Designing for Depth Perceptions in Augmented Reality

Abstract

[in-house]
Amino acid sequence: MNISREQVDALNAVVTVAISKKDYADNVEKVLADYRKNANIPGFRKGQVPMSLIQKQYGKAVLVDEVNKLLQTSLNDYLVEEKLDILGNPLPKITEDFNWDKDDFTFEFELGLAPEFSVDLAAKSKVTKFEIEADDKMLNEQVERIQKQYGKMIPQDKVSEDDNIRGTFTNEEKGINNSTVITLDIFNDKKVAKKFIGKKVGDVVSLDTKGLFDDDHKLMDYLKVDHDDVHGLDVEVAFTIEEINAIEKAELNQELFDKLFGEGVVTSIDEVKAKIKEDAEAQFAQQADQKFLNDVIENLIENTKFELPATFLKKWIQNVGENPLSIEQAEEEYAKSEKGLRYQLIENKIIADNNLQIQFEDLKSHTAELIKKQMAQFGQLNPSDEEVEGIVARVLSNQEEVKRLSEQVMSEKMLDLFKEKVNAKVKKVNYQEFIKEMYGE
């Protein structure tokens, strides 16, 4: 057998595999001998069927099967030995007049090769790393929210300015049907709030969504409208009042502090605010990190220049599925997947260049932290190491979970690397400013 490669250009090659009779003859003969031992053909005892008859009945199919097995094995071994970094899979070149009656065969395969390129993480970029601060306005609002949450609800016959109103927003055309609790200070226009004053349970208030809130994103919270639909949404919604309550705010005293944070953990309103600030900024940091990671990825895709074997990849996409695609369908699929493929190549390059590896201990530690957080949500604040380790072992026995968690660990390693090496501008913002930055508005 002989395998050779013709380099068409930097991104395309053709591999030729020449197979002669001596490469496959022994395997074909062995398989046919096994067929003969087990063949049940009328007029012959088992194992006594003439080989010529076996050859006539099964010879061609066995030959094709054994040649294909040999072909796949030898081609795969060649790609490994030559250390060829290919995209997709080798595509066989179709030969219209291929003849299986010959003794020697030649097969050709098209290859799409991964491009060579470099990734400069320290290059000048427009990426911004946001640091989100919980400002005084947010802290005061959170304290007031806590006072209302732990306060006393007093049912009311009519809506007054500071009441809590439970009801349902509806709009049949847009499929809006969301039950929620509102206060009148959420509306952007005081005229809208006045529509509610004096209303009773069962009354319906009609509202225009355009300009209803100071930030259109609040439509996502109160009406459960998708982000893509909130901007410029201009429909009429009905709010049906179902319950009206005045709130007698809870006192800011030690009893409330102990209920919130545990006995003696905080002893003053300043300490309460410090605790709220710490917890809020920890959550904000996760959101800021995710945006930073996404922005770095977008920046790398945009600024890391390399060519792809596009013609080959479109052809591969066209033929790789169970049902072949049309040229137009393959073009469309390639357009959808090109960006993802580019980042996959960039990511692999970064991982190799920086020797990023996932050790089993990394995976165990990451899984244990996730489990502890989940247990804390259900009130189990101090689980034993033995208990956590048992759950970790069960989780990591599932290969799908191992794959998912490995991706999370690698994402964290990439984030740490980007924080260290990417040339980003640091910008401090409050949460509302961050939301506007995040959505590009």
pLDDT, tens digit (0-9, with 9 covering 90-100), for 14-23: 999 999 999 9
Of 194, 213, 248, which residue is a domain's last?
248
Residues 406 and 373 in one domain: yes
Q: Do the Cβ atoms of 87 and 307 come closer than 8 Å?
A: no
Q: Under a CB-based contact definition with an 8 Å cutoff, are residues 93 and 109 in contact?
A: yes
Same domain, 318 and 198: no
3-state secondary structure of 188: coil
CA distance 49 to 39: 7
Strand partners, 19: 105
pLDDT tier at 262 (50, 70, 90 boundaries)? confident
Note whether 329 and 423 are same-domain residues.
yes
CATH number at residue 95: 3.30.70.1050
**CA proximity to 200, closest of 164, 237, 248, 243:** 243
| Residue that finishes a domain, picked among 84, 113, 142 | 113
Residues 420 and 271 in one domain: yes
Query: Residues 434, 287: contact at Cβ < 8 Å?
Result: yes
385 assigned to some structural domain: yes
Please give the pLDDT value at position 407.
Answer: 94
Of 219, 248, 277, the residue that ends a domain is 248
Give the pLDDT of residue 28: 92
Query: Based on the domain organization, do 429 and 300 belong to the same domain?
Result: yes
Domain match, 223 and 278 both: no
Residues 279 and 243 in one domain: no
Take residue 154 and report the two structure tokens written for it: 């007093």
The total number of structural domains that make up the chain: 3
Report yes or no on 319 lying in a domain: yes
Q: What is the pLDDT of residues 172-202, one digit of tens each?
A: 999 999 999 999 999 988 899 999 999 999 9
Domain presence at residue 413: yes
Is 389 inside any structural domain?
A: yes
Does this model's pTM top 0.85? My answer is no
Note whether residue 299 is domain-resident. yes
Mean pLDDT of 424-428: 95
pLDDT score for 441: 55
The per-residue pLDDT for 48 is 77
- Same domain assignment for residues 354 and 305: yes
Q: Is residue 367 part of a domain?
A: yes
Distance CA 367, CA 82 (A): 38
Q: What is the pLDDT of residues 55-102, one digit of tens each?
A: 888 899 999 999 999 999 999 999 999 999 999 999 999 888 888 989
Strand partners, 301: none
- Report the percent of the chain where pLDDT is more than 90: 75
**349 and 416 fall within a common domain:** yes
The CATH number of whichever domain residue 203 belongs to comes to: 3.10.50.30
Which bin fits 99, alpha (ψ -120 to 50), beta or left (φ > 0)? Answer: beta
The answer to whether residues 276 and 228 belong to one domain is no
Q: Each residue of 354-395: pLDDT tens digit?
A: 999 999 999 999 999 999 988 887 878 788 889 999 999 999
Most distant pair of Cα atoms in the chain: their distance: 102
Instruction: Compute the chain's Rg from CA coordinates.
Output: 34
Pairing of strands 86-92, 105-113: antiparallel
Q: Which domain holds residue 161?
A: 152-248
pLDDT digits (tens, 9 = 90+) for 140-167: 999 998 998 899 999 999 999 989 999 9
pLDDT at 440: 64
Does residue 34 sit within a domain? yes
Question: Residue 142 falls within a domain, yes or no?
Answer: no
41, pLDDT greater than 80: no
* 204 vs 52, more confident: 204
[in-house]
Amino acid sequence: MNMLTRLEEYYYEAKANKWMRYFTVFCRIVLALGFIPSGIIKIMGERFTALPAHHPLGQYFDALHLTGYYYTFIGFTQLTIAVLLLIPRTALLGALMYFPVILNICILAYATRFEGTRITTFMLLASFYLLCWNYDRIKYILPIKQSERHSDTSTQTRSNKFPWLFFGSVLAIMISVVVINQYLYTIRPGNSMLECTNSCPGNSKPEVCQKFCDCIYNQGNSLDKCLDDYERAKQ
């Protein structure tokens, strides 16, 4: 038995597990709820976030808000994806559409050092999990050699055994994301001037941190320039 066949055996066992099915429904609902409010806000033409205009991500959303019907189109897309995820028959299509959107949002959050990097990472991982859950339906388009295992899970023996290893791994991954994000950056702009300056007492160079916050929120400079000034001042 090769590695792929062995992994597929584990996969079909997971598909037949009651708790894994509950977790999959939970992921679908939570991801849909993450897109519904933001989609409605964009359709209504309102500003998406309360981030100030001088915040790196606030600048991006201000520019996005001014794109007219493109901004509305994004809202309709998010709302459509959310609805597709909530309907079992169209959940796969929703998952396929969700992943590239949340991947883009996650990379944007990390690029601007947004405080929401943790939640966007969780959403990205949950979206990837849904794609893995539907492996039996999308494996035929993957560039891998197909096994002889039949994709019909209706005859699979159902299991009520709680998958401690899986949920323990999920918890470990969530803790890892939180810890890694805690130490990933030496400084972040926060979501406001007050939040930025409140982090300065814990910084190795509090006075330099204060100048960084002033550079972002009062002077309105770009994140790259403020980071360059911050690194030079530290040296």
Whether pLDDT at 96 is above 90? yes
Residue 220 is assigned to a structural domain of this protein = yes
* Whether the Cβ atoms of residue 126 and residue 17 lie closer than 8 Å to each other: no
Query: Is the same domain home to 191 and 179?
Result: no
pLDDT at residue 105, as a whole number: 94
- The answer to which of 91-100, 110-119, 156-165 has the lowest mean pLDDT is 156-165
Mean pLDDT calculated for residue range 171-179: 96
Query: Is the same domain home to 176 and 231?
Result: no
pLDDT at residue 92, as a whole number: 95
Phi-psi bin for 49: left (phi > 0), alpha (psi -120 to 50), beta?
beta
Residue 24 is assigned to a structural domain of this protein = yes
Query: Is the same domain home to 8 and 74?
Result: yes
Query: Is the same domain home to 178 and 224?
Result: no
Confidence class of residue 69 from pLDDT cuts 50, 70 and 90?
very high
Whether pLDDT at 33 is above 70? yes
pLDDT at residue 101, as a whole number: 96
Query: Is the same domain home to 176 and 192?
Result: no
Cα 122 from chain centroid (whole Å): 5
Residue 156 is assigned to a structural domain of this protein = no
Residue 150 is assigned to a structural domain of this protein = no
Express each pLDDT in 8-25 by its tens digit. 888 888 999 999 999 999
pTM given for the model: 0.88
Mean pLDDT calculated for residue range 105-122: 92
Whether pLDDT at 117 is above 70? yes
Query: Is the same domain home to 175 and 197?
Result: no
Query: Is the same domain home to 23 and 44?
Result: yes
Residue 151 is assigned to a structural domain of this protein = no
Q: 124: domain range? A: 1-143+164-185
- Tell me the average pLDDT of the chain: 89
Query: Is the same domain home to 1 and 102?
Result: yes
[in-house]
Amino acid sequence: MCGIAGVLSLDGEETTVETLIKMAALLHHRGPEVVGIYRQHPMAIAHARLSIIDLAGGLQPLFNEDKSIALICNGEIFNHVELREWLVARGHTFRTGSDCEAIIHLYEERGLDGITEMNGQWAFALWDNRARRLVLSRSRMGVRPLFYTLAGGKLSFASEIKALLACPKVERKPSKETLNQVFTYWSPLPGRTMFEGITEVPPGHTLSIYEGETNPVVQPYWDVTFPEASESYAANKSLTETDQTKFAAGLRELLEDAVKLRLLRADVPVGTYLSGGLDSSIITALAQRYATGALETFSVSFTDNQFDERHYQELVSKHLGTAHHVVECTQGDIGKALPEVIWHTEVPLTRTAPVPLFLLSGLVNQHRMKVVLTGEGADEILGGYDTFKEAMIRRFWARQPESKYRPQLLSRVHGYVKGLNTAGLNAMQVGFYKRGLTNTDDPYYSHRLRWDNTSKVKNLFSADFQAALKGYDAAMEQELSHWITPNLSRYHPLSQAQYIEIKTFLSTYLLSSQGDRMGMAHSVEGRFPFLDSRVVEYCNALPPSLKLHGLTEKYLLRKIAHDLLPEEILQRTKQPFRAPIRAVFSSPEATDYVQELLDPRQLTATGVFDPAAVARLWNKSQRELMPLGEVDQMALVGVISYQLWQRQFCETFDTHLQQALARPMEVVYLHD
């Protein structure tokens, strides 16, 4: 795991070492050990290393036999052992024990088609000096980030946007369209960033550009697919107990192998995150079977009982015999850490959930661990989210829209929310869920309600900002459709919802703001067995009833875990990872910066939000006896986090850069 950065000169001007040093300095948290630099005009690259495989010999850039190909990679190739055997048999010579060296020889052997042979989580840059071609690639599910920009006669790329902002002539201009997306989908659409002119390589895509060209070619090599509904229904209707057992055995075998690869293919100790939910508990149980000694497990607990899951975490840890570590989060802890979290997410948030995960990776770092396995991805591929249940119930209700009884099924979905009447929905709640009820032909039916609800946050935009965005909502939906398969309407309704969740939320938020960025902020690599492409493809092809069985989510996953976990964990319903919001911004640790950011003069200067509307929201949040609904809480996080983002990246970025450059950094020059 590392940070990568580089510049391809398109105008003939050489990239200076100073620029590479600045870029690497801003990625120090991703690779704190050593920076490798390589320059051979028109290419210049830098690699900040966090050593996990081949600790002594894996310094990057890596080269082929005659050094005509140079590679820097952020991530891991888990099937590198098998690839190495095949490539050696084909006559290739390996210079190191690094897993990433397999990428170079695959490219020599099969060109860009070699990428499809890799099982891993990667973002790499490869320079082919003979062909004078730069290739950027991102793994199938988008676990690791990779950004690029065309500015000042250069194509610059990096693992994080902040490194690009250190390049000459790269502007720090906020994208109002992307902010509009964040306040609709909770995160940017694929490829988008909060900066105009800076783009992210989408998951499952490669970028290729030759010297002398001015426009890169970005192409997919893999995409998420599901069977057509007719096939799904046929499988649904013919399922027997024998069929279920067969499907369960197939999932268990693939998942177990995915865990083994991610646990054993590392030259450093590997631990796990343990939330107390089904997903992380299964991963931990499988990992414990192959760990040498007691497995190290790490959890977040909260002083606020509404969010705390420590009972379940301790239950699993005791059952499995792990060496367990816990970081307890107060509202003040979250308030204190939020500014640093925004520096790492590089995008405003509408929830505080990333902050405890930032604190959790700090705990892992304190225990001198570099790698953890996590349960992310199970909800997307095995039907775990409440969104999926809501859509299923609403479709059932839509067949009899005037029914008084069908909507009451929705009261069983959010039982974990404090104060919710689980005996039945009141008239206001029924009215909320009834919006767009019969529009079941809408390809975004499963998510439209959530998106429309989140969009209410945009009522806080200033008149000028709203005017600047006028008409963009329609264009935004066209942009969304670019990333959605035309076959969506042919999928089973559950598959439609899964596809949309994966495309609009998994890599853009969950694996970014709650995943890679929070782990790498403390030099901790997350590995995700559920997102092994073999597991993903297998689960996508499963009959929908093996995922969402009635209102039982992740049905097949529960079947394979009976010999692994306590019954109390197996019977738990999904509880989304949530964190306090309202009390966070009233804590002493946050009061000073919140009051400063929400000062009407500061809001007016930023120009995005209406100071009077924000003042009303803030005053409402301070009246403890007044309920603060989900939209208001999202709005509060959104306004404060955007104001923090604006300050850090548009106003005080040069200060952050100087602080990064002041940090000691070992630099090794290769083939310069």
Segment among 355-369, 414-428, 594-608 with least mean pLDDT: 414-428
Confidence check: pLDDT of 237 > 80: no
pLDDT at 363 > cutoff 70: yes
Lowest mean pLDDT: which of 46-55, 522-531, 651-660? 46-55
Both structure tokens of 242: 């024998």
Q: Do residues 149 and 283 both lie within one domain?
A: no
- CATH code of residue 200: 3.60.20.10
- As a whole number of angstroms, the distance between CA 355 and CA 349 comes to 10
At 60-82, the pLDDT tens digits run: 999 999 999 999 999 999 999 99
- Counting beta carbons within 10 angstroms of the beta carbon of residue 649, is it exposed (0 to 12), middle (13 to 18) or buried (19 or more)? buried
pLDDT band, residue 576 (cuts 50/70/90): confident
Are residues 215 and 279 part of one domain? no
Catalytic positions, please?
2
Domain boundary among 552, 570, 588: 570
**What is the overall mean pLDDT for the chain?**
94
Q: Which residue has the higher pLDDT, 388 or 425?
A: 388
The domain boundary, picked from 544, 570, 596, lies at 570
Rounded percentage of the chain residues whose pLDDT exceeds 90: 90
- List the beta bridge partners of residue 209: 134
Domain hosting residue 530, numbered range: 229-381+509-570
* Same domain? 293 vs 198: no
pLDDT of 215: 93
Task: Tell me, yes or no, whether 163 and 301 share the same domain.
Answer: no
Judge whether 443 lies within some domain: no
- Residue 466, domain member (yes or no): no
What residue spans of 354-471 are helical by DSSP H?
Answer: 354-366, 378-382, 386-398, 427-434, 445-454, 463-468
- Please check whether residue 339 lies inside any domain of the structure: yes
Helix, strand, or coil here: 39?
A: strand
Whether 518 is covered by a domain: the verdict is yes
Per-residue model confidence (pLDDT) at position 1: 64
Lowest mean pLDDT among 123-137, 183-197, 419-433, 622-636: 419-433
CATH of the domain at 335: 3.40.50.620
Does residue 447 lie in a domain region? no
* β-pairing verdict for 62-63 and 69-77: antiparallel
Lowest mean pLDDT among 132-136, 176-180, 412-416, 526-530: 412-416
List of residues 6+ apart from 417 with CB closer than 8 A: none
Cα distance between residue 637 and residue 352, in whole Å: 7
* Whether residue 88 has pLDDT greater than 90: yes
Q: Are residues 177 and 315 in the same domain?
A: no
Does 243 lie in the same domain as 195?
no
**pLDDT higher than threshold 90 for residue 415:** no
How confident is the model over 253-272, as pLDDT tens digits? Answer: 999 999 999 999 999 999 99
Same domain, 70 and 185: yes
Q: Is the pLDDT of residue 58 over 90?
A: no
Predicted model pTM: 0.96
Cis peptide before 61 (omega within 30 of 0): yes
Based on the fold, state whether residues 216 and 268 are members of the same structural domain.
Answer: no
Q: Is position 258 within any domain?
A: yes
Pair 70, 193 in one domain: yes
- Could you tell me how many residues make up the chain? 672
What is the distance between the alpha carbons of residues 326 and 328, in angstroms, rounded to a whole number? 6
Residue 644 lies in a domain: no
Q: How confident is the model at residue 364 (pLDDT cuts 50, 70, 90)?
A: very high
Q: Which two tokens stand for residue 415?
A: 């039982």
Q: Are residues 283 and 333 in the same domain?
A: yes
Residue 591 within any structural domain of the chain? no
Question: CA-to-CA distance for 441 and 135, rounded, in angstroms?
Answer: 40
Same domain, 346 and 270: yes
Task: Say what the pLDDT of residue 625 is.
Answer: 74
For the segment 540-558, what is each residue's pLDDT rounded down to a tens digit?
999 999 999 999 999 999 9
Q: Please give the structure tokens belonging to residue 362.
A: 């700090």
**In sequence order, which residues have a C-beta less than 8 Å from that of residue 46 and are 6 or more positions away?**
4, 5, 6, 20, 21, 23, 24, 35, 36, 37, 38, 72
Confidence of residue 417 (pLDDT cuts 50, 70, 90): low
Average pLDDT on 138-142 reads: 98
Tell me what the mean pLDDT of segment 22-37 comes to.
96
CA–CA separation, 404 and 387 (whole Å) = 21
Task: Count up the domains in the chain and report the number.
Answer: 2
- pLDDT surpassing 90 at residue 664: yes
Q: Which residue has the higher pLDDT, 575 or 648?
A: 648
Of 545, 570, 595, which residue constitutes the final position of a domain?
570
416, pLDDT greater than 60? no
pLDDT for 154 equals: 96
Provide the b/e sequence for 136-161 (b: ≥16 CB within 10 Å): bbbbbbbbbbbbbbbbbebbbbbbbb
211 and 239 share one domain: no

Augmented reality technologies allow people to view and interact with virtual objects that appear alongside physical objects in the real world. For augmented reality applications to be effective, users must be able to accurately perceive the intended real world location of virtual objects. However, when creating augmented reality applications, developers are faced with a variety of design decisions that may affect user perceptions regarding the real world depth of virtual objects. In this paper, we conducted two experiments using a perceptual matching task to understand how shading, cast shadows, aerial perspective, texture, dimensionality (i.e., 2D vs. 3D shapes) and billboarding affected participant perceptions of virtual object depth relative to real world targets. The results of these studies quantify trade-offs across virtual object designs to inform the development of applications that take advantage of users’ visual abilities to better blend the physical and virtual world.

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